The ultimate purpose is to prepare students to develop a habit of finding evidence and reasoning from it, which involves being thoughtful about both the search process and sources encountered as our graduates go forth to think for themselves.
It turns out the databases we use are more likely to include content from mega-corporations that from societies or universities, and the content of over 40% of the new journals was available in only a very few libraries, so even if a database identified a citation, it wouldn’t be accessible to most library users. Many open access journals would be available – just not discoverable through library tools.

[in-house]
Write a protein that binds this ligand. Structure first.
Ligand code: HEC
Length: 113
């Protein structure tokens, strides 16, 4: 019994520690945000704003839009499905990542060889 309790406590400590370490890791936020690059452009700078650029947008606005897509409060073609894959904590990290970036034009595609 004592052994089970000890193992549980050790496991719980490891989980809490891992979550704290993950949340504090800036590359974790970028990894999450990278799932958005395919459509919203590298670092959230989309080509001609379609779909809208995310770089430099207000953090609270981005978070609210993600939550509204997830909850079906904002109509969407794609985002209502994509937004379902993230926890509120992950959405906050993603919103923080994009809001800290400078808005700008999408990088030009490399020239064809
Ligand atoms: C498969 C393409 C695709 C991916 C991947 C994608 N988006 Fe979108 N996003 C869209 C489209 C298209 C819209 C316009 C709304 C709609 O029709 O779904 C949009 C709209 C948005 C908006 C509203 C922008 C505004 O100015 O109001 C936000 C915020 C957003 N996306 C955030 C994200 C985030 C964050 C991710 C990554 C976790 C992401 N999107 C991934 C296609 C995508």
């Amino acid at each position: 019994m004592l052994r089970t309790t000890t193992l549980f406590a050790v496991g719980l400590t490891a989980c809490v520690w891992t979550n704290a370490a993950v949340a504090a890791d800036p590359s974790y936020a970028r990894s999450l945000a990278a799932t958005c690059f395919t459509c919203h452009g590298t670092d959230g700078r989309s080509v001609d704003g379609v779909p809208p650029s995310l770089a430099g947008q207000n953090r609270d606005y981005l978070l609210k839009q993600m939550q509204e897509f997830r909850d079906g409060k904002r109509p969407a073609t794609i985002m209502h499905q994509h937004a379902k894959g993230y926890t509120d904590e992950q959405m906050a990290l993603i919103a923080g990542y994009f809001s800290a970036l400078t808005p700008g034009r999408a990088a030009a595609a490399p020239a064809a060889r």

we need to make sure that we aren’t turning libraries into walled gardens of overpriced material only available to the few, that when we introduce undergraduates to search, we recognize that searching is not a matter of tool use but is a creative and critical part of the research process and so teach it in the context of learning language, finding connections, and looking for patterns
1) affect-based – "influenced by the first visual expression we have, plus the additional information we get from our other senses" (¶2); 2) cognition-based – derived from analysis of personal info. and behavior (¶3); and 3) swift – derived from observation of "team members’ behavior while working on joint projects" (¶4).
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